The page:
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An ER doctor warns about chocolate edibles & cannabis poisoning in kids

Pediatrician talks about accidental thc ingestion
@beachgem10/TikTok

The amount of children inadvertently consuming edibles (candy or baked goods consisting of THC, the chemical in cannabis that causes a high) is definitely on the rise at an alarming rate. And they’re ending up sick, in the emergency room, or even dying.

Per a study published in Pediatrics, the number of children 5 years old and under consuming THC edibles rose from 207 in 2017 to 3,054 in 2021. This is a whopping 1,375% increase.

An ER doctor is warning parents about the dangers of keeping edibles around the home and shares that she’s seen a recent uptick in pediatric patients coming in, including a 4-year-old boy who was brought to the emergency room unresponsive.

Dr. Meghan Martin shared on her TikTok @beachgem10 that the family was visiting from out of town and were staying at an Airbnb in Florida. Martin said that the parents told her that their 4-year-old son was left with their 17-year-old son while they went shopping.

In the video, Martin said that the big brother fed the little brother a McDonald’s hamburger and a chocolate bar for dessert, and put him to bed around noon. “The family gets home at five o’clock and this kid is out cold. They cannot wake him up,” she said.

Martin said she recognized the signs of cannabis poisoning and assumed the boy had ingested a marijuana product. She said after the boy’s labs and CT scans were normal, she called for a urine drug test, which of course was positive for THC.

When Martin asked the family about the chocolate bar, the teen admitted he found it underneath a bed in the Airbnb.

Most packaging for edibles are incredibly close to a normal piece of candy and the packaging is poorly labeled, Martin told TODAY.com in an interview.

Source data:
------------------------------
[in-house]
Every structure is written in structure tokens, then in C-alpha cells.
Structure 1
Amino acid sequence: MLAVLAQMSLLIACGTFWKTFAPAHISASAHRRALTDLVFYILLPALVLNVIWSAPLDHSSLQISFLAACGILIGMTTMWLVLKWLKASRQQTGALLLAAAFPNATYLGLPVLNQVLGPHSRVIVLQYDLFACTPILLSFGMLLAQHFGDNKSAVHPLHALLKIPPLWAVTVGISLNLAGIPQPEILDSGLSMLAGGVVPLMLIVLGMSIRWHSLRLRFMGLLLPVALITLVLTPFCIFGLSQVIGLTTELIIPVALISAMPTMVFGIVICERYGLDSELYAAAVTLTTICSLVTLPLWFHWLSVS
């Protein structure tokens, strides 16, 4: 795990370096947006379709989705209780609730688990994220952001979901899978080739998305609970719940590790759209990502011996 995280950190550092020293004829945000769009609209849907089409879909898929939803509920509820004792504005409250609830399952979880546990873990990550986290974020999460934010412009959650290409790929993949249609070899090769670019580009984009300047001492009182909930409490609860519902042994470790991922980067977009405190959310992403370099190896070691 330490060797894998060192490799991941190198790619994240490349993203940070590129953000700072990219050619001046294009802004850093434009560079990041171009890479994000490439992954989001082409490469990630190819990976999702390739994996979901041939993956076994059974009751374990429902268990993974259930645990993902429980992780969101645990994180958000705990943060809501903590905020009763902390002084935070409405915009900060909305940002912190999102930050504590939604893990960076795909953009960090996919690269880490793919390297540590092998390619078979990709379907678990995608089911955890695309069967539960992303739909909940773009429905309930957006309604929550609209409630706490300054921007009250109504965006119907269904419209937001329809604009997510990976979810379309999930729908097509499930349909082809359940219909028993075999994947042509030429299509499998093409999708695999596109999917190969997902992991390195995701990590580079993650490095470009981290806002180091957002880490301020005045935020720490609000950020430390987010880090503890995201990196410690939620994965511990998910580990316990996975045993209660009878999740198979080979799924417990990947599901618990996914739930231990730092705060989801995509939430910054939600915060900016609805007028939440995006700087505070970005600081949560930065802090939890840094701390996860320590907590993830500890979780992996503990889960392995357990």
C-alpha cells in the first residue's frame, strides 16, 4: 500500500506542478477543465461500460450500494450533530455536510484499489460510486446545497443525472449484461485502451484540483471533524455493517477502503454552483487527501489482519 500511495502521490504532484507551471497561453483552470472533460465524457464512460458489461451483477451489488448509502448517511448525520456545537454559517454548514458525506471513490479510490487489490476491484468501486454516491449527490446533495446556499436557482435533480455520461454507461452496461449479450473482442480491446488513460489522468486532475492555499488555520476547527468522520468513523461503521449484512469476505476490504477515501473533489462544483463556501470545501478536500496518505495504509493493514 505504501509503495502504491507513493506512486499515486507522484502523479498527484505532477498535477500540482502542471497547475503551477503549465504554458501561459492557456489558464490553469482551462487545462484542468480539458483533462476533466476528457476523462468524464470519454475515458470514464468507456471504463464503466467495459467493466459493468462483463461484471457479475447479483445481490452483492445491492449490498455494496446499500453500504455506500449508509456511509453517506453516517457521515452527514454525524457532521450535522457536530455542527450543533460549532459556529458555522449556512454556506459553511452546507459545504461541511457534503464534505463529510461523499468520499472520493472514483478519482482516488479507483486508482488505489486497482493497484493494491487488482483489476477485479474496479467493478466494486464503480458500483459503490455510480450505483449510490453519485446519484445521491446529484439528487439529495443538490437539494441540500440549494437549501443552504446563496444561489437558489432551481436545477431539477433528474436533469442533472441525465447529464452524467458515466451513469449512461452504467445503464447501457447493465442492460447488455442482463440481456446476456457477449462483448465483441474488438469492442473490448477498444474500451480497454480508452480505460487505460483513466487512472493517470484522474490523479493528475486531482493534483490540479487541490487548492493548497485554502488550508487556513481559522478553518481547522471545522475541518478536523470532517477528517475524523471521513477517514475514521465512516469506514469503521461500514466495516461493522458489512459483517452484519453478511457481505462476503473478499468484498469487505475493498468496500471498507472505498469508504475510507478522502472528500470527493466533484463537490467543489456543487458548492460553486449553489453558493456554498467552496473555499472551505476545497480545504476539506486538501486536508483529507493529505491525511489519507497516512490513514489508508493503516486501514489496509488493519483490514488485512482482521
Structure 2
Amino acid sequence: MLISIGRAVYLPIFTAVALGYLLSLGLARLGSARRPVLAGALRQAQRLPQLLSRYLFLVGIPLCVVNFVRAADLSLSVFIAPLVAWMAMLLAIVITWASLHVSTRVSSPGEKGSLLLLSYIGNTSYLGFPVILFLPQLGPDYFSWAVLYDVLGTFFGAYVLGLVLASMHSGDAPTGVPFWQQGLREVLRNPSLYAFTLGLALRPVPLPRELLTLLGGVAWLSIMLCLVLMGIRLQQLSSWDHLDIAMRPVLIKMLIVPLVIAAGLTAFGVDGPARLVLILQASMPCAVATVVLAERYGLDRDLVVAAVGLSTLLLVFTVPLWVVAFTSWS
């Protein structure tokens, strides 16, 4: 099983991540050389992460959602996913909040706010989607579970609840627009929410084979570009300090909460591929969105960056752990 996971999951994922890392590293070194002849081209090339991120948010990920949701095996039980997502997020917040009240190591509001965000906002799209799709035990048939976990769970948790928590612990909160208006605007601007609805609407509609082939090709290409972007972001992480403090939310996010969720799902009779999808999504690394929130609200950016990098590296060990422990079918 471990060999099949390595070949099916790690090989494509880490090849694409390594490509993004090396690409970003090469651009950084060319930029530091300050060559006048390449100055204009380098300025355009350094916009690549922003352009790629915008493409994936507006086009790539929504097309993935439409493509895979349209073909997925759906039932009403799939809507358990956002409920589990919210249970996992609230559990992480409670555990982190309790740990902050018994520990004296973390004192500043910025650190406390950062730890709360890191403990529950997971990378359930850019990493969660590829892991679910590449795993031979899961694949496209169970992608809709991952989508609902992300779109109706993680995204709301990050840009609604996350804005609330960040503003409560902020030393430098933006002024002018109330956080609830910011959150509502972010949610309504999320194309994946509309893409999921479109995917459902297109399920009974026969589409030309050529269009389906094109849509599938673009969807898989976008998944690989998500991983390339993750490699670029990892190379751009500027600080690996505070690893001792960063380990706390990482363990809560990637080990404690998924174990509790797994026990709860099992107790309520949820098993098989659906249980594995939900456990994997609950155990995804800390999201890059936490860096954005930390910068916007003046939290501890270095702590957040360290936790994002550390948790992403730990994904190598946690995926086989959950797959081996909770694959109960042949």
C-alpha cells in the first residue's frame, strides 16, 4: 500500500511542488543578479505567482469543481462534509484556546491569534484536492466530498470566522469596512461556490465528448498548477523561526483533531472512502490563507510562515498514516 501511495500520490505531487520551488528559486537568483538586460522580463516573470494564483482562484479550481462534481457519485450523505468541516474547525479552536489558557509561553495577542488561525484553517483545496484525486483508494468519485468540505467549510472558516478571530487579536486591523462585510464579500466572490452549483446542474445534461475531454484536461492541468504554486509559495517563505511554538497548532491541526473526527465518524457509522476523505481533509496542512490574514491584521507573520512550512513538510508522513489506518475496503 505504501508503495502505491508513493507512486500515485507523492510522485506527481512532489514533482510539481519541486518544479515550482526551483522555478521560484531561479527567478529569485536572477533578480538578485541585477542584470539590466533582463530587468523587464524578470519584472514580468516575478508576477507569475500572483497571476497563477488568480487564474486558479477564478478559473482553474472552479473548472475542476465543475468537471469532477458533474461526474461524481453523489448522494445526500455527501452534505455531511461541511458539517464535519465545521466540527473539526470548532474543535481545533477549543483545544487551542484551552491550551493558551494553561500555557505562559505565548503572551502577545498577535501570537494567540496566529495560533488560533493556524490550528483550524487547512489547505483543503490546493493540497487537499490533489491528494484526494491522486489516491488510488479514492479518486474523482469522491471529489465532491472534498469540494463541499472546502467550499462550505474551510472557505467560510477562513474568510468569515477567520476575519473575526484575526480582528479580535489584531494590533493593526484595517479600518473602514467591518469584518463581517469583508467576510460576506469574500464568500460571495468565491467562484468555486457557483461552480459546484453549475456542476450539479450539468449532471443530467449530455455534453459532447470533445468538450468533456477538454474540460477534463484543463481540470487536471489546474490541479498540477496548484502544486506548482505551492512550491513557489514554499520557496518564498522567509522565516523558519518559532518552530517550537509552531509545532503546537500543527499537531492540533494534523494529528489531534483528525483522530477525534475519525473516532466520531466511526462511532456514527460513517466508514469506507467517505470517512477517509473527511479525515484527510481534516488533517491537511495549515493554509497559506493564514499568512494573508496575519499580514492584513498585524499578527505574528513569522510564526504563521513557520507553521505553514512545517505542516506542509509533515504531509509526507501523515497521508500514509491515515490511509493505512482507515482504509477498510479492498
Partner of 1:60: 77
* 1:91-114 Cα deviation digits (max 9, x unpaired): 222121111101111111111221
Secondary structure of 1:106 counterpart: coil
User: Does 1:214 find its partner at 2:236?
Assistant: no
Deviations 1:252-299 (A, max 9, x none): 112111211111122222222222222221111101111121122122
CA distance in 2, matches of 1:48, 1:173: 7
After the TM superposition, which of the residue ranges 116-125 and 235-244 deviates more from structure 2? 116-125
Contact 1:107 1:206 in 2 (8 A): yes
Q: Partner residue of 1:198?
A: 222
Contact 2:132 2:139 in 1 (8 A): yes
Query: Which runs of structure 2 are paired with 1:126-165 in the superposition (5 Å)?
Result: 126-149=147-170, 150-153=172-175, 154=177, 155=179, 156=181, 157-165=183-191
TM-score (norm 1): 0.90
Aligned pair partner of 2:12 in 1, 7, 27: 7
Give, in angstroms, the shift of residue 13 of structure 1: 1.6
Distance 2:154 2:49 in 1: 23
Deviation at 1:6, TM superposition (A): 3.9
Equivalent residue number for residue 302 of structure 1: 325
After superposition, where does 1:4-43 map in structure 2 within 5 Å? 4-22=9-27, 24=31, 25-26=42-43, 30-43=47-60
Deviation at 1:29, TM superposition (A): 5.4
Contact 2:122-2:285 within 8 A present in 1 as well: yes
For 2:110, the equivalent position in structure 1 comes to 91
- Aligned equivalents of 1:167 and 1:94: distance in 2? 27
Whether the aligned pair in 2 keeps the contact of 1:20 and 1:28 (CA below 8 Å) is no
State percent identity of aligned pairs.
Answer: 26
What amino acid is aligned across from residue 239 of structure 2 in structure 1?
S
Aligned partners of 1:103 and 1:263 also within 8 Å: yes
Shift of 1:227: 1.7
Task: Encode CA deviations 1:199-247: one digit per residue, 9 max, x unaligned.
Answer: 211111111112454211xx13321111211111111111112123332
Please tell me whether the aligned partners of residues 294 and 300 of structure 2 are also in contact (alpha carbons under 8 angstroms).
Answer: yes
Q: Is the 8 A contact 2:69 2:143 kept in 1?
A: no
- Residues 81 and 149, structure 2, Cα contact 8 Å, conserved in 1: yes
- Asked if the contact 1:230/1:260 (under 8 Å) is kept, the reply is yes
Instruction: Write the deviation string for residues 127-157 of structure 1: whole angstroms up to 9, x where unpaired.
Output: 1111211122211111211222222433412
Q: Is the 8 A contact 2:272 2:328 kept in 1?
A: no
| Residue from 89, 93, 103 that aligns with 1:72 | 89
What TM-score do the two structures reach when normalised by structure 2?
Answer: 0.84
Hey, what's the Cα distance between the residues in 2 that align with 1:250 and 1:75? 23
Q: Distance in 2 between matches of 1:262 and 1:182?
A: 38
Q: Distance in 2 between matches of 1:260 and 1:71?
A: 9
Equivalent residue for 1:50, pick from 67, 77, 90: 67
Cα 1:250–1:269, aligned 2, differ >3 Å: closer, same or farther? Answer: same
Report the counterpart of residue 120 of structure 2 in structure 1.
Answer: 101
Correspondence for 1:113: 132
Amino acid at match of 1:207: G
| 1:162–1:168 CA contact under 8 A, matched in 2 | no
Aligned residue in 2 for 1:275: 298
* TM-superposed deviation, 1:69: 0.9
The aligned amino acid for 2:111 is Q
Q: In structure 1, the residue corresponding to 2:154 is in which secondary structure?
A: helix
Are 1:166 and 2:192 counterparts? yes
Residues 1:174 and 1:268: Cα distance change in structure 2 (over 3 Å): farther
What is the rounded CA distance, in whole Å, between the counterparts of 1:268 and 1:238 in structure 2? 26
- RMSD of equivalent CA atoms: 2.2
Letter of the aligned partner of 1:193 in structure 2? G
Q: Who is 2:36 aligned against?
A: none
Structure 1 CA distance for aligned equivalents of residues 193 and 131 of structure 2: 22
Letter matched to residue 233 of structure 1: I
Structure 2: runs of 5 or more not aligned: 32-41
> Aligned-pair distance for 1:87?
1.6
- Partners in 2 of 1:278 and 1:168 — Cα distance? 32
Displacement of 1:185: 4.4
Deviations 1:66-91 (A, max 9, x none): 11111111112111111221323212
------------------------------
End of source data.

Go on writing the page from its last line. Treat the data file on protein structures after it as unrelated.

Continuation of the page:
Martin said the bar contained 500 milligrams of THC and he had eaten three-fourths of it, so he was “Sufficiently wasted. Totally stoned.”

In the article, Martin shared the most common signs of cannabis poisoning in children, which include balance issues, vomiting and excessive sleepiness. She noted in the article that the effects of an edible can last up to 12 hours.

And that’s not even in the worst cases. Martin told TODAY.com, “Infants and toddlers are at risk for developing a breathing disorder called respiratory depression, which can cause brain injury and even death.”

To prevent your child or pets from ingesting these edibles, Martin suggested in the article that keeping them out of reach of children and treating them like prescription medication will help.

As Martin told TODAY.com, If you suspect your child has consumed an edible, first call Poison Control.

​​“There are some situations where you may be able to ride it out at home,” she said in the article. “But if your child is symptomatic, come to the emergency department immediately so we can monitor their breathing.”